Sam Sez

Date: Friday, February 23, 2001

Question: "HOUSE OF CARDS: Stocks, Bonds, and Credit Classes and Quality Distinctions?"

Answer: Probably yes.

There is a substantial body of empirical research which suggests that the higher rated companies tend to receive lower financing costs. This variable may enable them to advance earlier in bull markets. This advantage helps those firms to get a headstart relative to poorer rated firms or those with less impressive expectational prospects.

Similarly, in the equity markets, firms which are viewed as having better prospects can raise funds more readily or under better terms relative to companies viewed as having inferior prospects.

For consumers, credit scoring impacts the cash flow, eventual debt servicing and purchasing capacity. It is the consumer which has the loudest voice in a free market economy. For example, their is a wide variation or spread between best rated consumers and marginal consumers in terms of credit card rates. Due to substantially different interest rates, the marginally poorer consumers are unable to make as many purchases because of higher debt servicing demands for each dollar borrowed. This principle applies to companies and countries alike.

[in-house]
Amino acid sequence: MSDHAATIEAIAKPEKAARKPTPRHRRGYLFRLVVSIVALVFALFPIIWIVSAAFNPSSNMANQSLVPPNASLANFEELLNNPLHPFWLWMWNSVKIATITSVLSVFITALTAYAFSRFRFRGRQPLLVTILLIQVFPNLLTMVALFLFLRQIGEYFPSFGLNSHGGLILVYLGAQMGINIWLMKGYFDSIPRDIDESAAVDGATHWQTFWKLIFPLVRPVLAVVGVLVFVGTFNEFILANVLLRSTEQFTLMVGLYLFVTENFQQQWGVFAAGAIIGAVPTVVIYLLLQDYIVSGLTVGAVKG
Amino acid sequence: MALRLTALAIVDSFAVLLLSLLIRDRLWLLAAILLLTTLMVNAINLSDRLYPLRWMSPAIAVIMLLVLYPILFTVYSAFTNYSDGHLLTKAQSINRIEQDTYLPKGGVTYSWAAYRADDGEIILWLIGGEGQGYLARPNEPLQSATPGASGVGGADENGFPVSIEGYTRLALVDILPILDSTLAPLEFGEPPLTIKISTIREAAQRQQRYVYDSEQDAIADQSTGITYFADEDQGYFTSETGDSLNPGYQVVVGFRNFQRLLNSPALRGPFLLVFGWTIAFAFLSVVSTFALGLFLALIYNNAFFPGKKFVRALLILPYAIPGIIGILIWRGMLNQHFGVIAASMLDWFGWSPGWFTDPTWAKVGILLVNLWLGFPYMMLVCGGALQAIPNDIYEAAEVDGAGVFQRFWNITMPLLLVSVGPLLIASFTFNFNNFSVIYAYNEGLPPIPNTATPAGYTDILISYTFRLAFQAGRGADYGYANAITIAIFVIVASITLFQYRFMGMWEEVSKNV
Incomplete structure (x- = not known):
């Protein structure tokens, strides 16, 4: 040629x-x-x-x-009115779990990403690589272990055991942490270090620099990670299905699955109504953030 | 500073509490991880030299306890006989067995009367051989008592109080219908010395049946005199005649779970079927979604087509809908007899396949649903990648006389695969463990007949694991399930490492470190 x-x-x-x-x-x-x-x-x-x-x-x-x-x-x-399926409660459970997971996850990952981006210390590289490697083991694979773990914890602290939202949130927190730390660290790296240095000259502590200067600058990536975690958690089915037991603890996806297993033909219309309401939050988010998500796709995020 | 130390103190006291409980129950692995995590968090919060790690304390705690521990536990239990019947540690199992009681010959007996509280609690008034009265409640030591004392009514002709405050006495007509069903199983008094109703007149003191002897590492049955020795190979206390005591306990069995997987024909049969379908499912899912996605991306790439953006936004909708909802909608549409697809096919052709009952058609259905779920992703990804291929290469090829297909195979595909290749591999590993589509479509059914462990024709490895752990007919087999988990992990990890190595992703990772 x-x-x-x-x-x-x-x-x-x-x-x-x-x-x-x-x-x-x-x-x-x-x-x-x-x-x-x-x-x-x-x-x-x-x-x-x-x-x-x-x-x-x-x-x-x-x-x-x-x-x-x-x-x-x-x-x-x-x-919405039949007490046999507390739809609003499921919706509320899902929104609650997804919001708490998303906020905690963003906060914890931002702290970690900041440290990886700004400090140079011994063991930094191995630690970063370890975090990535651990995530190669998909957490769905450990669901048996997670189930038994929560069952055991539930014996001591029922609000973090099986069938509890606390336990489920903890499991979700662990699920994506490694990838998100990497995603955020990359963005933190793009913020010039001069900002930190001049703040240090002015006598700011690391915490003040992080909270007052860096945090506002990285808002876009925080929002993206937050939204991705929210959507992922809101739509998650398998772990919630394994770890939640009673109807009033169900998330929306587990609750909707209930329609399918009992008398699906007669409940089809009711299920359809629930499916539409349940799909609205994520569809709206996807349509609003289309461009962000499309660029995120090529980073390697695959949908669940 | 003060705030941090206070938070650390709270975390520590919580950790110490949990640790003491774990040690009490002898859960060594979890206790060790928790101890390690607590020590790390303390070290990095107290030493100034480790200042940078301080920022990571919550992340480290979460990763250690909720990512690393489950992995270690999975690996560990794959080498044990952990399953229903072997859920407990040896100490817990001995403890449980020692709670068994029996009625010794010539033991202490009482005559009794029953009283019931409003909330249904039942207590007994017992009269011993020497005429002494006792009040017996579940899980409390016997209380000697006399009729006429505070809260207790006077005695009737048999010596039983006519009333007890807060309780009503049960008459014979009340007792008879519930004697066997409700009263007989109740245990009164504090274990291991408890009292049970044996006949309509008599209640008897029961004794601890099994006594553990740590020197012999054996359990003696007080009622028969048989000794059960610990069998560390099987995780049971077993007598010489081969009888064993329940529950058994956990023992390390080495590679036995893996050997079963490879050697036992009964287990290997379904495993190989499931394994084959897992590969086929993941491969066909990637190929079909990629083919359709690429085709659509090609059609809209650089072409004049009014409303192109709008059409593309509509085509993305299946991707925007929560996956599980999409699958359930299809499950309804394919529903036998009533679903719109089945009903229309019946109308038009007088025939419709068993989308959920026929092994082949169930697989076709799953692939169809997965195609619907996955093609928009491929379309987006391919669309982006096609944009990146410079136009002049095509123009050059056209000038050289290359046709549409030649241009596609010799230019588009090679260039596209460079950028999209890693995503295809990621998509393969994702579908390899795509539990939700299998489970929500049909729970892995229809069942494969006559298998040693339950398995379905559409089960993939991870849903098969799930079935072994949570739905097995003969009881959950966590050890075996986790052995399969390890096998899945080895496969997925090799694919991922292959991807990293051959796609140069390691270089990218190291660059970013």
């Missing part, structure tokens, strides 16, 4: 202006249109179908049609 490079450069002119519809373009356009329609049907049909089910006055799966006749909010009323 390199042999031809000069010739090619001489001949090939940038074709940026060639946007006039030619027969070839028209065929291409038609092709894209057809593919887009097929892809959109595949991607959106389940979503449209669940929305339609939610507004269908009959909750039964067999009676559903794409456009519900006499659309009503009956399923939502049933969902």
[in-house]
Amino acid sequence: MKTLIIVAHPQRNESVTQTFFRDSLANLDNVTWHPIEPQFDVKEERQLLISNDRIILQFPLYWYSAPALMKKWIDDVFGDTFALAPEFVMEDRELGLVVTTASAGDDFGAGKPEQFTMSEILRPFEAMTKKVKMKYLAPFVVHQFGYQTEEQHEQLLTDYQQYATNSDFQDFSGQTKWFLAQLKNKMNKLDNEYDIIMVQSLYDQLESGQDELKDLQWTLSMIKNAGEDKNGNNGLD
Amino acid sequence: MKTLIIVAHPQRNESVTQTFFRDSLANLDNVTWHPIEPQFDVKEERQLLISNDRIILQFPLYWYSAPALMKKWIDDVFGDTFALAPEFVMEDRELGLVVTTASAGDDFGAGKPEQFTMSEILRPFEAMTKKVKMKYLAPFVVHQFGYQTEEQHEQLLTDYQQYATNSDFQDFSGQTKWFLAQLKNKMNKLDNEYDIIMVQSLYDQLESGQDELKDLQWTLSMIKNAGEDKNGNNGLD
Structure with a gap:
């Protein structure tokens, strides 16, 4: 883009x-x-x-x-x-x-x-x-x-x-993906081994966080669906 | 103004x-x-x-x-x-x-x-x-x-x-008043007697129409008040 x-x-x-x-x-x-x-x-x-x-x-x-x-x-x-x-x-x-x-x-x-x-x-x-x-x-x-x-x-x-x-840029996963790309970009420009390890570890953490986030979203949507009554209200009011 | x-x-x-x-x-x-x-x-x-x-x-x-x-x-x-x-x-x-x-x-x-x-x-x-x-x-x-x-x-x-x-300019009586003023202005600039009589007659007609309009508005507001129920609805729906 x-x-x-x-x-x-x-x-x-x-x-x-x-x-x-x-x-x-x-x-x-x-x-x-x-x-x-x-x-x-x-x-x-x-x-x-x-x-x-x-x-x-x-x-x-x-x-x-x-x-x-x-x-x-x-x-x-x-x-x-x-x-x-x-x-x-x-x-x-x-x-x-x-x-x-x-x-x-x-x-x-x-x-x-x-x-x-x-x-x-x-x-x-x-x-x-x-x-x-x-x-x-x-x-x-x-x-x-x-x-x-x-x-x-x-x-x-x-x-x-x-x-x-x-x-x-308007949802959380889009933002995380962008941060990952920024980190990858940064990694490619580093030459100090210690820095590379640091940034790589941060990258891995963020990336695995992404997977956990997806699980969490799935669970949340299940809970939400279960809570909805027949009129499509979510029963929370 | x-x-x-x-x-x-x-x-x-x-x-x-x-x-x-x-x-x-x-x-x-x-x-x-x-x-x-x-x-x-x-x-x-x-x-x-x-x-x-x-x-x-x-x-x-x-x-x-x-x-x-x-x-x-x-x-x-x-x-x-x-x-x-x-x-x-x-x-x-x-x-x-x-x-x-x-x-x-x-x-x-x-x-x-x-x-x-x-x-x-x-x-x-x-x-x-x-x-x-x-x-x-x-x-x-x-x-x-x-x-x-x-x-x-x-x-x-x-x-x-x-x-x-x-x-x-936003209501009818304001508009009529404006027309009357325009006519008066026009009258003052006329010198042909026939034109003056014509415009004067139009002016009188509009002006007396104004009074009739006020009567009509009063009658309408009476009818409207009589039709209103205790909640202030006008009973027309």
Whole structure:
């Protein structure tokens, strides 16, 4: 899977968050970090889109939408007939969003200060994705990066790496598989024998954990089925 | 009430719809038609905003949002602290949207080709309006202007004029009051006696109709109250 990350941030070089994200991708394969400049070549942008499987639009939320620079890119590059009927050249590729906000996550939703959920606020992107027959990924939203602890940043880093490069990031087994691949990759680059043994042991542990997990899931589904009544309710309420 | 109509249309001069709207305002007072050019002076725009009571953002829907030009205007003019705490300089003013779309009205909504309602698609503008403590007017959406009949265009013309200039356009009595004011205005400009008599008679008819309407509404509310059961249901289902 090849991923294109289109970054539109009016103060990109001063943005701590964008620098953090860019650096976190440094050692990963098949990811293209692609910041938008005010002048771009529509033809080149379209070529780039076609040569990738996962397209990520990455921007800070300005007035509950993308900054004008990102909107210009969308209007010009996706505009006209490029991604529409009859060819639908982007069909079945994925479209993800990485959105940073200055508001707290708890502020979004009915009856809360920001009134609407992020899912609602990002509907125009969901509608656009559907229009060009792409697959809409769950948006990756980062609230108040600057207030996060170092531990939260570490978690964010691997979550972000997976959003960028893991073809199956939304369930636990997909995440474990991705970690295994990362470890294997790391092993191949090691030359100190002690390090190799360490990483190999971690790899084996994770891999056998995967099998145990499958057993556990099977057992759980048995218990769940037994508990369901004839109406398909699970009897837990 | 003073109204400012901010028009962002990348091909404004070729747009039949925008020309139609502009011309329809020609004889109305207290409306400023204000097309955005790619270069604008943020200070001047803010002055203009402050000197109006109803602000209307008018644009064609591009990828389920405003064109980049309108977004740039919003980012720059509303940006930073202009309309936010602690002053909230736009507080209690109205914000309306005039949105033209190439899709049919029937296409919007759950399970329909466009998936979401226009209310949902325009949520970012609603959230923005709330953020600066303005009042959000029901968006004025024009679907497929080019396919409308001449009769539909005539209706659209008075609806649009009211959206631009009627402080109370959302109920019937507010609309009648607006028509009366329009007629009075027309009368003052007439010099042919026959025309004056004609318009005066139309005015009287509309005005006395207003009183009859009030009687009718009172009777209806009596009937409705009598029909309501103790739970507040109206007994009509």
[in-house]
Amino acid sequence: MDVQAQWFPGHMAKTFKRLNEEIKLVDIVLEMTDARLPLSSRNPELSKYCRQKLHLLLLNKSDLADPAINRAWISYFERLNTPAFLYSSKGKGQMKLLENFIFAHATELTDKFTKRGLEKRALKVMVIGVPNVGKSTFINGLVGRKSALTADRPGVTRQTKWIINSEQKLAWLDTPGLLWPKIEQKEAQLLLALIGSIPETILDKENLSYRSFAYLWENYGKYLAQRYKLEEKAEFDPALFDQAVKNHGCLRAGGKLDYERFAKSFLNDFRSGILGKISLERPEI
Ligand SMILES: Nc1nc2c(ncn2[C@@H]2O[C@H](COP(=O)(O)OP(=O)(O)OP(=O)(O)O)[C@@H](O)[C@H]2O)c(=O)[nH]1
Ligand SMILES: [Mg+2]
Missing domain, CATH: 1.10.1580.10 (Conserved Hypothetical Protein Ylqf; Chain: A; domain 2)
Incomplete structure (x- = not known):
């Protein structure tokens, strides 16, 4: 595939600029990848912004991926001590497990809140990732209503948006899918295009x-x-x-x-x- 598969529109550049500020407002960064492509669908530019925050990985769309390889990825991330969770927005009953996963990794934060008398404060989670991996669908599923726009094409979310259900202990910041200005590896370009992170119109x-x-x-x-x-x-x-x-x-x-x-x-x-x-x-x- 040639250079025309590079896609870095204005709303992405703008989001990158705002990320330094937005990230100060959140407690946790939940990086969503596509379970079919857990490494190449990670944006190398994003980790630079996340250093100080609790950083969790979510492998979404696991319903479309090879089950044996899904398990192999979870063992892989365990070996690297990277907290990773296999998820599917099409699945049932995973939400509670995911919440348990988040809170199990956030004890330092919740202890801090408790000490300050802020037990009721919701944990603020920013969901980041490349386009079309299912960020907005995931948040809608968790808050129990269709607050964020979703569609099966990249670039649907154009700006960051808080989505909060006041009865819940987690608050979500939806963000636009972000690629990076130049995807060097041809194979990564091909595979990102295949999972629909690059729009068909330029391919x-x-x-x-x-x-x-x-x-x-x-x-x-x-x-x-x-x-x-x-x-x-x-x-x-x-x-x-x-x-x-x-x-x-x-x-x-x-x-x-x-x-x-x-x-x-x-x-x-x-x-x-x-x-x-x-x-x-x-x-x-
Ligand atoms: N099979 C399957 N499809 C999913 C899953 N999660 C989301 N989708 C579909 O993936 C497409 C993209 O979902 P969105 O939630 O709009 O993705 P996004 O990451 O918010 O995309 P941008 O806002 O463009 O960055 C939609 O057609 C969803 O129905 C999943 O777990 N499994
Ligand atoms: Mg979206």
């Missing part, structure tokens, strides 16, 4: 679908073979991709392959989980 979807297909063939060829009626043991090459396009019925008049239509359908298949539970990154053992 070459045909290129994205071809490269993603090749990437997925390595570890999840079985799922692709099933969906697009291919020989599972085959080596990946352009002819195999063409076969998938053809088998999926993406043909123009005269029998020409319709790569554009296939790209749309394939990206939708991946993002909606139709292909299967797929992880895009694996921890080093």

In the context of stock and bond markets, the poorer viewed issues falter earlier in a down cycle because they are the first to feel the impact of more stringent financing conditions and terms. This, in part, may account for the relatively better performance of narrowly based Blue Chipindices relative to broader market measures or at-risk clusters.

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